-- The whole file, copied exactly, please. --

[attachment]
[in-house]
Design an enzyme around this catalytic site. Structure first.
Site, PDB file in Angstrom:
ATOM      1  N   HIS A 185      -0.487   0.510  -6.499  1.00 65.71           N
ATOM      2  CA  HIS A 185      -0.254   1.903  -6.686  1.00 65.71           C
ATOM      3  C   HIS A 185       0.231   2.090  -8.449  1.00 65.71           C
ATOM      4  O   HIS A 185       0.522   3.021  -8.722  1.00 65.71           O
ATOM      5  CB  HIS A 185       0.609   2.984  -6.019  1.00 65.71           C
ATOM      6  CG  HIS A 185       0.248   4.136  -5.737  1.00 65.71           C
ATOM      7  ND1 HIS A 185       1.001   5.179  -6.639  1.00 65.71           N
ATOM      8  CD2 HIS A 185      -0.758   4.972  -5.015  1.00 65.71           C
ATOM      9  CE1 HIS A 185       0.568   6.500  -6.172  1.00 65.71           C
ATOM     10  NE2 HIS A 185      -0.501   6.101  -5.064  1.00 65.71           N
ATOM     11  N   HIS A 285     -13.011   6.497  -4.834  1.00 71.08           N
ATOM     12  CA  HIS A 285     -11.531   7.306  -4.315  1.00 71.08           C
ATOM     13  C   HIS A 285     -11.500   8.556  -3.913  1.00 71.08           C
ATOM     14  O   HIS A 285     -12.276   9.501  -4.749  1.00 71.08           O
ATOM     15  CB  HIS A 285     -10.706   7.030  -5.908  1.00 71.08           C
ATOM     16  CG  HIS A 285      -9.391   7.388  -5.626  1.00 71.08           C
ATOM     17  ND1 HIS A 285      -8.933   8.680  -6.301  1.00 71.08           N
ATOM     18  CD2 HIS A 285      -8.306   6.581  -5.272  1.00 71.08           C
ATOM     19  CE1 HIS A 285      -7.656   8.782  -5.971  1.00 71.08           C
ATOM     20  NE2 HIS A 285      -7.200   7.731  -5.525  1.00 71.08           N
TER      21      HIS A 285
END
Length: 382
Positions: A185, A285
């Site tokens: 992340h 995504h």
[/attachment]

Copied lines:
[in-house]
Design an enzyme around this catalytic site. Structure first.
Site, PDB file in Angstrom:
ATOM      1  N   HIS A 185      -0.487   0.510  -6.499  1.00 65.71           N
ATOM      2  CA  HIS A 185      -0.254   1.903  -6.686  1.00 65.71           C
ATOM      3  C   HIS A 185       0.231   2.090  -8.449  1.00 65.71           C
ATOM      4  O   HIS A 185       0.522   3.021  -8.722  1.00 65.71           O
ATOM      5  CB  HIS A 185       0.609   2.984  -6.019  1.00 65.71           C
ATOM      6  CG  HIS A 185       0.248   4.136  -5.737  1.00 65.71           C
ATOM      7  ND1 HIS A 185       1.001   5.179  -6.639  1.00 65.71           N
ATOM      8  CD2 HIS A 185      -0.758   4.972  -5.015  1.00 65.71           C
ATOM      9  CE1 HIS A 185       0.568   6.500  -6.172  1.00 65.71           C
ATOM     10  NE2 HIS A 185      -0.501   6.101  -5.064  1.00 65.71           N
ATOM     11  N   HIS A 285     -13.011   6.497  -4.834  1.00 71.08           N
ATOM     12  CA  HIS A 285     -11.531   7.306  -4.315  1.00 71.08           C
ATOM     13  C   HIS A 285     -11.500   8.556  -3.913  1.00 71.08           C
ATOM     14  O   HIS A 285     -12.276   9.501  -4.749  1.00 71.08           O
ATOM     15  CB  HIS A 285     -10.706   7.030  -5.908  1.00 71.08           C
ATOM     16  CG  HIS A 285      -9.391   7.388  -5.626  1.00 71.08           C
ATOM     17  ND1 HIS A 285      -8.933   8.680  -6.301  1.00 71.08           N
ATOM     18  CD2 HIS A 285      -8.306   6.581  -5.272  1.00 71.08           C
ATOM     19  CE1 HIS A 285      -7.656   8.782  -5.971  1.00 71.08           C
ATOM     20  NE2 HIS A 285      -7.200   7.731  -5.525  1.00 71.08           N
TER      21      HIS A 285
END
Length: 382
Positions: A185, A285
């Site tokens: 992340h 995504h």